### 1. Consider how you use nulls (0 is different to null)

Suppose you are measuring rainfall each day but you go away for the weekend. On Saturday and Sunday there may have been some rain but you have no way of knowing. One way to record this is to put a zero against the rainfall, however, this would be wrong because we have no way of knowing that the rainfall was actually zero. Another way may be to leave the value blank. The problem with this is that we don’t know if this is missing data or has deliberately been left blank. The standard way to do this is to choose a particular value that represents a null value. This value should obviously be one that cannot reasonably be mistaken for a real measurement. For rainfall, a value of -9999 may be suitable. When using null values, it is especially important to ensure that the value representing null is well defined. The best place for that definition is in the data dictionary.

### 2. Beware of duplicates

There are many ways in which we may get duplicates in our data. There may be human error in entering results or measurements. We may have collected our data from different sources and there may be overlaps in the data.

Sometimes duplicates may be easy to identify (and programming tools can be of great assistance) and other duplicates may be more difficult to find. Suppose, for example, that we have a dataset that consists of place names. Often there are small variations in the spelling of place names. Street addresses are particularly hard. Is it Main St., or Main Street?

### 3. Consider how to represent spatial data

There are a number of ways of representing spatial data (in particular, points on the surface of the earth). One of the most common ways is by referencing the latitude and longitude of the point. It is a common misconception that a latitude/longitude uniquely references a single point on the surface of the earth. I won’t go into a lot of detail here, but when we use a latitude/longitude, we may be assuming the earth is a perfect sphere which it is not. Because it’s not perfect, there are a number of different assumptions we can make about the shape of the earth. These are catalogued into what are called Spatial Reference Systems (SRS). So, when using a latitude/longitude in our data, we should also be careful to say which SRS we are assuming. A very common one is EPSG:4326, also known as WGS84.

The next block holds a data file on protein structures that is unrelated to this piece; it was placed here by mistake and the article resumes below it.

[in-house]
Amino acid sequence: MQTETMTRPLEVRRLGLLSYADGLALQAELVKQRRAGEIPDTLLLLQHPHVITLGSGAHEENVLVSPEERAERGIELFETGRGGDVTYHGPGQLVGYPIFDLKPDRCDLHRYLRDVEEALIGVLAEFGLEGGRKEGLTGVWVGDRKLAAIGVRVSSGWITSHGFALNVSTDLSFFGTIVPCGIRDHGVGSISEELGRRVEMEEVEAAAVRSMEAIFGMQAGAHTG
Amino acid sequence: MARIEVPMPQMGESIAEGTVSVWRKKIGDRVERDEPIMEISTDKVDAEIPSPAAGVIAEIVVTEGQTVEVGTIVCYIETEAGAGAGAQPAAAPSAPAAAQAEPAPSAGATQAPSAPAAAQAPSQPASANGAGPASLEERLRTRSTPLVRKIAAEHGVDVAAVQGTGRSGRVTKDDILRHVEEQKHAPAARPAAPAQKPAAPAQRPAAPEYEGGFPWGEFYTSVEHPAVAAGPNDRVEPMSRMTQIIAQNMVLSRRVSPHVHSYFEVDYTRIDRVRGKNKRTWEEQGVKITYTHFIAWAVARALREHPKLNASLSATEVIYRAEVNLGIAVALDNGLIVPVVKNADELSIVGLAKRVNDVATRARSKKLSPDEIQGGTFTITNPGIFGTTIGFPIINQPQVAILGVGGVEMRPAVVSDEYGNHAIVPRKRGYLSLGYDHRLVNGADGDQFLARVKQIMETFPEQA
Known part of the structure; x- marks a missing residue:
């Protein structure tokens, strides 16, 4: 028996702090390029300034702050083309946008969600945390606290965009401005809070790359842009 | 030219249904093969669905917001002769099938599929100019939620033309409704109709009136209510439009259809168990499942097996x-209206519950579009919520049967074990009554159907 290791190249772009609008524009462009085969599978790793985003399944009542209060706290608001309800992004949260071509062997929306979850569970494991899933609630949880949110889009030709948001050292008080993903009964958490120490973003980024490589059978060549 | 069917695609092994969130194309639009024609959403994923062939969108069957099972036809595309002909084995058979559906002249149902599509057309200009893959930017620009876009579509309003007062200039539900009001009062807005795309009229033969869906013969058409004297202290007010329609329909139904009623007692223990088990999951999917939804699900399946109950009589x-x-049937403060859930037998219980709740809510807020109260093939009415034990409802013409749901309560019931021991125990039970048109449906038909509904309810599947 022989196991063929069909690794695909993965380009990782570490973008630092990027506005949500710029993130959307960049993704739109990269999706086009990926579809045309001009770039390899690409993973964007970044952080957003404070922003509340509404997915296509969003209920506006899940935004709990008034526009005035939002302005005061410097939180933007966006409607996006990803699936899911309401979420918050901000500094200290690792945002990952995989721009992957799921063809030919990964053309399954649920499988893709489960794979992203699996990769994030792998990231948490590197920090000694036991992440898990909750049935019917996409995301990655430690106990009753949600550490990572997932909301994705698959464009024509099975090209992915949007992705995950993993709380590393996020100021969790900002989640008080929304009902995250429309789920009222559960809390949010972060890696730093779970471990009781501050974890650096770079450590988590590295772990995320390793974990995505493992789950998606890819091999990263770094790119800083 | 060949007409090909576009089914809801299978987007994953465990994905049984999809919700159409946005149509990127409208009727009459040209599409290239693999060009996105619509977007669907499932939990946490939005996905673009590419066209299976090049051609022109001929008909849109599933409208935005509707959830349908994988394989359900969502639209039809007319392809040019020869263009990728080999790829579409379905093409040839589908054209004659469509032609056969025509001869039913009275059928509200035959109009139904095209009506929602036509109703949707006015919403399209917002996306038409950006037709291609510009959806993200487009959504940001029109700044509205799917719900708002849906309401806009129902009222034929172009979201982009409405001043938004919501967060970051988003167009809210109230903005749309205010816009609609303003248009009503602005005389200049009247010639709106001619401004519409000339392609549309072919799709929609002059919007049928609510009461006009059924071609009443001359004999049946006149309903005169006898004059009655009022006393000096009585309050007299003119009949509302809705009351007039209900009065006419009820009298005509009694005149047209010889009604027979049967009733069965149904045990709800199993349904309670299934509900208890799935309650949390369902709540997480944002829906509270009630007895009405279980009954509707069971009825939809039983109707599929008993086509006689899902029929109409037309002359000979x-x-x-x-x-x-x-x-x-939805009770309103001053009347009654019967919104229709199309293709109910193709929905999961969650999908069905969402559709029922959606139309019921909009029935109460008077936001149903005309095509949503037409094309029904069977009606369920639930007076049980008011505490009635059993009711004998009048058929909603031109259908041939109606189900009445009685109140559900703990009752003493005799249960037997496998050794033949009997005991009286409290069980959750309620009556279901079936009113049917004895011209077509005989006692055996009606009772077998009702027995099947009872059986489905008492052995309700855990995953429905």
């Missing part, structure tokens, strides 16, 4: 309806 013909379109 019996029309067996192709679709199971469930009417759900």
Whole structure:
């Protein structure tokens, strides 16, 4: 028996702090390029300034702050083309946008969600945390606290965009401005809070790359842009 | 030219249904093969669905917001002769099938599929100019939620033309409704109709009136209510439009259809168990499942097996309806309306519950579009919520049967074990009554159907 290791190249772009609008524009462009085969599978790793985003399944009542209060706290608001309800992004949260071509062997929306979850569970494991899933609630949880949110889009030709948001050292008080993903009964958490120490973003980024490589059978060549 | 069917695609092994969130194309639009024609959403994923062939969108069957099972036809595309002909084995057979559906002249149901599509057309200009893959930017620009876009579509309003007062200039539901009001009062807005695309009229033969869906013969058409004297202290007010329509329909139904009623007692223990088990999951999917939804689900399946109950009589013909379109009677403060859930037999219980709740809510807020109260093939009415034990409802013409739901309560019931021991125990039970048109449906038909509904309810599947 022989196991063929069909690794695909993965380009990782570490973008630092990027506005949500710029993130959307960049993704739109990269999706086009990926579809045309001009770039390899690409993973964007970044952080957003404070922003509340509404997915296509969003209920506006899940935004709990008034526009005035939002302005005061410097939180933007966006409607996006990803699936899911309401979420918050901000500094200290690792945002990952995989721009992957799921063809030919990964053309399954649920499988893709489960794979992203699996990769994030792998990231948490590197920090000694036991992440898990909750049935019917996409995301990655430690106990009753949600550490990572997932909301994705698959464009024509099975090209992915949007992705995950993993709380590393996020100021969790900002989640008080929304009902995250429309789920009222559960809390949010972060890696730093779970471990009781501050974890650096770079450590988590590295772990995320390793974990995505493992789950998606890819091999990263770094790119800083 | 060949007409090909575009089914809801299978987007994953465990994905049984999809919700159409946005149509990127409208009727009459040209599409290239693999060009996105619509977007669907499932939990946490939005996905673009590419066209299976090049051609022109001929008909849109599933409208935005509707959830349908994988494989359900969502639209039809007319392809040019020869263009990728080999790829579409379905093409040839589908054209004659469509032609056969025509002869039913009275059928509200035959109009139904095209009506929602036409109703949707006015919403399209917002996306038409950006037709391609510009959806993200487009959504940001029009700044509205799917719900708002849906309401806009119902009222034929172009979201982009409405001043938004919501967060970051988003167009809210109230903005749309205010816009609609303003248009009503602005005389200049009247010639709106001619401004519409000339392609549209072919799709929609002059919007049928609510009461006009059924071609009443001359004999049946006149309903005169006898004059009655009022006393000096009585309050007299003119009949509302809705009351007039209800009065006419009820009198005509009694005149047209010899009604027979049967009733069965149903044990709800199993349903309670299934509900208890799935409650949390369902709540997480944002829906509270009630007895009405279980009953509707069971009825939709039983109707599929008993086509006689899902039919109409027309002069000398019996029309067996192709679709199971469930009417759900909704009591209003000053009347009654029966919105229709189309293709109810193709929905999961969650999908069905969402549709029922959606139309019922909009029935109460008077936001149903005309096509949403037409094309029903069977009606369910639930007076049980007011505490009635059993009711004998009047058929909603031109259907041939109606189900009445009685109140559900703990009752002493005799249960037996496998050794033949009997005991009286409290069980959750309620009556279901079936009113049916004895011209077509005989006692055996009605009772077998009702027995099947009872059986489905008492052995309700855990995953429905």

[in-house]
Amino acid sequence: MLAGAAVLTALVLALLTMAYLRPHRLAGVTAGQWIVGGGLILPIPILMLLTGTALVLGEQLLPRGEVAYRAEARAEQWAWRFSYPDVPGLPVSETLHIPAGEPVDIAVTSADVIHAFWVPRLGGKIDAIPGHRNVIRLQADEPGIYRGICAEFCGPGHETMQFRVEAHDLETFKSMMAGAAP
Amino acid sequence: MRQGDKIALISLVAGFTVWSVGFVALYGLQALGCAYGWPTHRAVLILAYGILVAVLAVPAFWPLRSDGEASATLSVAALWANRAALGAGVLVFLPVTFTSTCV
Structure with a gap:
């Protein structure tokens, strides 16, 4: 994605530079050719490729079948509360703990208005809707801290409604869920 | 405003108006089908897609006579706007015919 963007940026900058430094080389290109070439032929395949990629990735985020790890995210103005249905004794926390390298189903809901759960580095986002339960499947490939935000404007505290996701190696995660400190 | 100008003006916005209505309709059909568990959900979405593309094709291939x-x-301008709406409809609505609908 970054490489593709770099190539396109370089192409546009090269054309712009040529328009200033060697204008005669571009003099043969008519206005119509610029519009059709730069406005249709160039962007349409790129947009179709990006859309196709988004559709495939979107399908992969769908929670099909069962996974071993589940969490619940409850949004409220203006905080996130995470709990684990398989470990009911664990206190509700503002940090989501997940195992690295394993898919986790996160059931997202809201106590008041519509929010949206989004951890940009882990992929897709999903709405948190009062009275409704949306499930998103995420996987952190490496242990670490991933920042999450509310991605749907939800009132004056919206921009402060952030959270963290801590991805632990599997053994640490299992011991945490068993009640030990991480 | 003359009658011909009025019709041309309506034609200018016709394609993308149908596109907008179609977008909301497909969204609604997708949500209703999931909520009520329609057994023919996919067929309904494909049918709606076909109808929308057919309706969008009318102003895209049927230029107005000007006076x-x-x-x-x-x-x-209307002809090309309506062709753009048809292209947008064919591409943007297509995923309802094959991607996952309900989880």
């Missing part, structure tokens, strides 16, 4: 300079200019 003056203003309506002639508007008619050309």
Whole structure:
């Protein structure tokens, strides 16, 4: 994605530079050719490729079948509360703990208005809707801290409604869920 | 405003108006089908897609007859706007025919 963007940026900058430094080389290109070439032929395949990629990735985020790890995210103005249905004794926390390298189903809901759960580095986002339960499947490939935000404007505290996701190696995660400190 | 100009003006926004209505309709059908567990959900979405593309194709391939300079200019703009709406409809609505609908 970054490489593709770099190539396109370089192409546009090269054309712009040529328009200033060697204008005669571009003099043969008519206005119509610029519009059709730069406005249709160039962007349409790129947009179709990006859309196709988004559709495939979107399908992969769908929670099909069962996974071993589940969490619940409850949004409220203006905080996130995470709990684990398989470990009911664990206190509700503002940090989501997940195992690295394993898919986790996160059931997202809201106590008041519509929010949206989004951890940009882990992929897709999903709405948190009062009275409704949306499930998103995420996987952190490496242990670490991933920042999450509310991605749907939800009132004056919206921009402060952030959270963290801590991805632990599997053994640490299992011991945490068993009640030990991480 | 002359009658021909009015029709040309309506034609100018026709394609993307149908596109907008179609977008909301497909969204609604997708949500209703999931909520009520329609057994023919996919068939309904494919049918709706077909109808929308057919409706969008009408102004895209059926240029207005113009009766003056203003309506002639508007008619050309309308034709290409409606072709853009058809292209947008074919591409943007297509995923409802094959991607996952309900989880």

Another thing about latitudes and longitudes is that there are two common ways of expressing them as numbers. One method is to use a decimal and the other is to use minutes and seconds. I would suggest always using a decimal format. It is more common in the scientific community, allows arbitrary accuracy and makes calculations simpler.

Finally, you have to decide how to represent positions south of the equator. The latitude of Melbourne, Australia, for example, could be represented as either `37.8136 S`, or as `- 37.8136`. I would suggest the latter, as once again this makes calculations simpler. What is more important, though, is that once you have chosen a representation, make it clear and be consistent.

### 4. Sanity check your data (and document the sanity checks)

A sanity check is looking for data that is so far out of range there is an obvious mistake. A sanity check for rainfall may look for negative values. A sanity check for number of siblings also could not be negative, and a value of 30 may be considered a reasonable uppper bound.

### 5. Automate all your quality checks

If a dataset consists of a few dozen rows, it may be feasible to check each row by hand. But as soon as it grows to more than a hundred or so rows, then this is no longer feasible, especially if it is frequently changing. With some very simple programming, it is possible to create automated quality checks (this will be the topic of an upcoming blog post).

Over time more quality issues may be discovered in the dataset. It is important that as soon as these issues are discovered, the automated checks are updated so that the new errors will be discovered.

Finally, it is good practice to save each version of the quality checking code and reference it together with the dataset so that anybody using the dataset can be confident of quality of the data.